🔼The name Nebuchadnezzar: Summary
- Nebo, Protect Your Servant
- A Prophet Is A Preservative Jar
- From the Babylonian phrase Nabu-kudurri-usur.
- (Jocularly) from (1) the verb נבא (naba'), to prophesy, (2) the noun כד (kad), a jar, and (3) the verb נצר (nasar), to watch, guard or keep.
🔼The name Nebuchadnezzar in the Bible
Nebuchadnezzar was the king of Babylon during the time of the exile, and although the exile is commonly looked on with great lament, it proved to be a catalyst for national protection (Esther 8:11) and provided an essential boost to the preservation of the ancient Torah codes (Ezra 7:10, Nehemiah 8:8). It should be no surprise, therefore, that not Nebuchadnezzar but God himself realized the exile (2 Chronicles 36:13-21). Through Jeremiah, God even calls Nebuchadnezzar his servant (Jeremiah 25:9, 27:6).
The name Nebuchadnezzar occurs in Biblical Scriptures in three variants: Kings, Chronicles, Nehemiah, Esther, Jeremiah, and Ezekiel consistently use נבוכדנצר or נבוכדנאצר (Nebuchadnezzar, spelled with or without an א aleph). Daniel and Ezra use נבוכדנצר and נבוכדנאצר (Nebuchadnezzar) in their first two chapters and then switch to נבוכדראצר (Nebuchadrezzar, with an r instead of an n). Some scholars suggest that this was done to preserve the meaning of the name across a translation from Babylonian to Aramaic: 'Nabu-kudurri-usur' meaning 'Nebo, protect your servant.' But it's also possible that the Biblical variant was issued to forward a Biblical idea.
Daniel's report of Nebuchadnezzar's seven years of madness (4:28-37) is almost certainly not historical, which leads to the proposition that Nebuchadnezzar's function in Scriptures is disconnected from the historical figure. Perhaps this is the reason why most of the Bible writers don't use his real name (Nebuchadrezzar with an r) but the typically Biblical variant by which he is now most known (Nebuchadnezzar with an n)
🔼Etymology of the name Nebuchadnezzar
The name Nebuchadnezzar is foreign and shouldn't be expected to mean anything in Hebrew. But to a creative audience, it could be construed as a compound of three parts. The first part is the same as Nebo, the Babylonian god of wisdom and writing. In Hebrew this name Nebo looks like it has to do with the root נבא (nb'), having to do with prophesying:
Root נבא (nb') means to speak on behalf of, or in the stead of, some authority. Noun נביא (nabi') means spokesman or speaker and is also the Biblical word for prophet. Verb נבא (naba') means to prophesy or speak for some authority. Noun נבואה (nebu'a) means prophecy. Noun נביאה (nebi'a) means prophetess.
The noun that means prophet is identical to the Niphal or 'incomplete passive' form of the verb בוא (bo'), to come or bring.
The second part of our name looks like the noun כד (kad), meaning jar:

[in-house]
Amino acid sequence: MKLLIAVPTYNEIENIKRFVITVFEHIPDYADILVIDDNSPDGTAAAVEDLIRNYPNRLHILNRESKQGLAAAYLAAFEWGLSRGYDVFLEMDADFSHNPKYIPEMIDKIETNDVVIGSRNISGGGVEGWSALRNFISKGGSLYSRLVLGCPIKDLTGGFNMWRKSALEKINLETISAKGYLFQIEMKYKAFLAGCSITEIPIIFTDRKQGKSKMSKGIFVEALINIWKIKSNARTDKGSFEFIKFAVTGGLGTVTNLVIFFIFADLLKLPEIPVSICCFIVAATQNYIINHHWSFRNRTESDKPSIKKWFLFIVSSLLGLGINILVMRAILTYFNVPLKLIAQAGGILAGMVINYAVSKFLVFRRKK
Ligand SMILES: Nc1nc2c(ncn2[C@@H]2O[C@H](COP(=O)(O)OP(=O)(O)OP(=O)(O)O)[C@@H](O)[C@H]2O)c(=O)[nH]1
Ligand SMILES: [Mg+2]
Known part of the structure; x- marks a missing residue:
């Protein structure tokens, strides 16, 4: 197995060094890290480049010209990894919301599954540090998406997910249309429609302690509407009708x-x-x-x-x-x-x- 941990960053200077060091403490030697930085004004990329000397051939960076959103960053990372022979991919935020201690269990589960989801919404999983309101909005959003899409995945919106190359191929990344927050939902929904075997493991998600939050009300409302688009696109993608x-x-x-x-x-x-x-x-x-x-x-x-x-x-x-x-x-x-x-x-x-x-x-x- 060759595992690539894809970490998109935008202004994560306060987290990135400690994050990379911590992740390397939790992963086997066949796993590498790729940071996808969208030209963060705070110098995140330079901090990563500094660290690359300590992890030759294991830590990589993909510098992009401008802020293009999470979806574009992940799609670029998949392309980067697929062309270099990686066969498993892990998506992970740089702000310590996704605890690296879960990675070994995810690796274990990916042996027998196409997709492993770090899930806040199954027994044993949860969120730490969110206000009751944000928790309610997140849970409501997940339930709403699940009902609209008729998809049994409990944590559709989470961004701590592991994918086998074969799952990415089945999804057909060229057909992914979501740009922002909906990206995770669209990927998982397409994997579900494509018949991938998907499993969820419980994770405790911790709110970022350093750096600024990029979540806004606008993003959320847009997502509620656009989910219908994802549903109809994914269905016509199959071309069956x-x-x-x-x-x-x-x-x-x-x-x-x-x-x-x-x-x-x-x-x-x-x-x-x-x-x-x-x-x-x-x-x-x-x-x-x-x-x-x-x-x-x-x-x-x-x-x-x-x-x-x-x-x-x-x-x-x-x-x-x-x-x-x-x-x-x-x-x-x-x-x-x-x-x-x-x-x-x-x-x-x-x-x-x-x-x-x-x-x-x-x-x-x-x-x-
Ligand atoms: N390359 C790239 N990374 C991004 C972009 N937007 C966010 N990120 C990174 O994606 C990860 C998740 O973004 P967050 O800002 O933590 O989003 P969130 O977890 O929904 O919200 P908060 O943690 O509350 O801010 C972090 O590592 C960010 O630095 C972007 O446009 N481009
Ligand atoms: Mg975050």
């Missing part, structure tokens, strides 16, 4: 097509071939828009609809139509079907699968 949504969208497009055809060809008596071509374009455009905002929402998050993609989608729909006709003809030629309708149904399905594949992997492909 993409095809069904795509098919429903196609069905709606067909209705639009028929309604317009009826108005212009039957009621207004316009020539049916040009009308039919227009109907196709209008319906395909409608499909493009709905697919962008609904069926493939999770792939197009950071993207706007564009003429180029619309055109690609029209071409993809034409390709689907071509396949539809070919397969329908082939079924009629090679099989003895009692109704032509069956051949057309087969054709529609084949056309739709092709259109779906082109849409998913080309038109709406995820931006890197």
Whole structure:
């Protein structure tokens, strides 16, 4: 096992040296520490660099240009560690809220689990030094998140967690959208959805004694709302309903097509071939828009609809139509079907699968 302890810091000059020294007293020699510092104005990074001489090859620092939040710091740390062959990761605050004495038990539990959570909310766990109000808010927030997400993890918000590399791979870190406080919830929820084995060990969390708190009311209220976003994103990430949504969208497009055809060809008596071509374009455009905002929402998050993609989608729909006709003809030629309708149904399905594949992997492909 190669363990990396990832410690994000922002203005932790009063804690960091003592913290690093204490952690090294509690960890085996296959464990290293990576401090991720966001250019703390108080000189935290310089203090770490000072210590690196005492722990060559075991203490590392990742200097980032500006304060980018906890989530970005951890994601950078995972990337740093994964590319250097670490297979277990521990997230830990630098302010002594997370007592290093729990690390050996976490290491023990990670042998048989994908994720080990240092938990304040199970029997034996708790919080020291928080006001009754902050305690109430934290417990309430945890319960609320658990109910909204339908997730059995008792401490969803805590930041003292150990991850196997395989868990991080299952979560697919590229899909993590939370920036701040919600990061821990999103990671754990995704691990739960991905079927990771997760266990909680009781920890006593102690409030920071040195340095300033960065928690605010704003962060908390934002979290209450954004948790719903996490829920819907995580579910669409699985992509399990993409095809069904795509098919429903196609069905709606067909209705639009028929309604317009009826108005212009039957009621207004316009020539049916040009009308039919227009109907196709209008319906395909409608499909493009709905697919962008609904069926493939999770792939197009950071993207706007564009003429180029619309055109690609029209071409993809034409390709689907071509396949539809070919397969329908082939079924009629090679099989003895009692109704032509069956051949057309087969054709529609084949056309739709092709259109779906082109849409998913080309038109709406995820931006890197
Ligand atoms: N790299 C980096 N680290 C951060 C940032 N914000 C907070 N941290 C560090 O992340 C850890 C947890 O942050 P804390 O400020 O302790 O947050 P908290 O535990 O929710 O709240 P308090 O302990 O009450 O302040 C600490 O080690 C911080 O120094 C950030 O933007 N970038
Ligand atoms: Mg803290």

The verb כדד (kdd) isn't used in the Bible but in cognate languages it means to toil severely or be very tired. In the Bible this root appears to have to do with fire: glowing or baking. Noun כד (kad) means jar. Noun כידוד (kidod) means spark or red glow. Noun כדכד (kadkod) denotes a gem, possibly a ruby.
The verb כיד (kyd) is also not used in the Bible but in cognate language it means to strive or struggle. The noun כידון (kidon) describes an instrument of war, particularly a dart or javelin.
The third (imaginary) part of our name could come from the verb נצר (nasar), meaning to watch, guard, keep:
The verb נצר (nasar) means to watch, guard or keep. It describes the diligent endeavor of keeping something shielded from an intervening outside world and maintaining this thing's constitutional integrity. Items so kept range from vineyards to single trees and from solitary persons to entire towns. It may describe keeping a promise or covenant or edict, or an attitude of kindness or a secret or one's intentions.
The plural word נצרים (nasarim) describes men engaged in the activity the verb describes: watchmen, safe keepers, protectors. The adjective נציר (nasir) refers to the thing protected or preserved.
Noun נצר (neser) means branch or shoot and describes both a plant's most tender part and its mode of expansion or progression. This noun may actually come from a verb that means to be fresh or green, but since it describes something precious and vulnerable, it fits right into the root that describes protecting and preserving.
The verb נזר (nazar) means to consecrate oneself or become obviously different in certain devotional ways. Although this verb and the previous are not as similar as the English transliteration suggests and are etymologically quite remote, there is a curious overlap between the two.
The noun נזר (nazir) mostly describes a consecrated one, a Nazirite, but it may also describe an unpruned vine. Likewise a Nazirite was recognized from his uncut hair, and it seems that this verb נזר (nazar) emphasizes one's disassociation with the pruning and kembing effect of cultural norms and values (and alcohol, of course), and an attempt to preserve and assess whatever grows naturally in one's heart.
The name Nebuchadnezzar is said to mean Nebo, Protect Your Servant, but its (edited) transliteration into Hebrew appears to convey a willful reverence to this man and what he inadvertently meant to the preservation and evolution of Jewish theology and Scriptures. In Hebrew the name Nebuchadnezzar means something like A Prophet Is A Preservative Jar.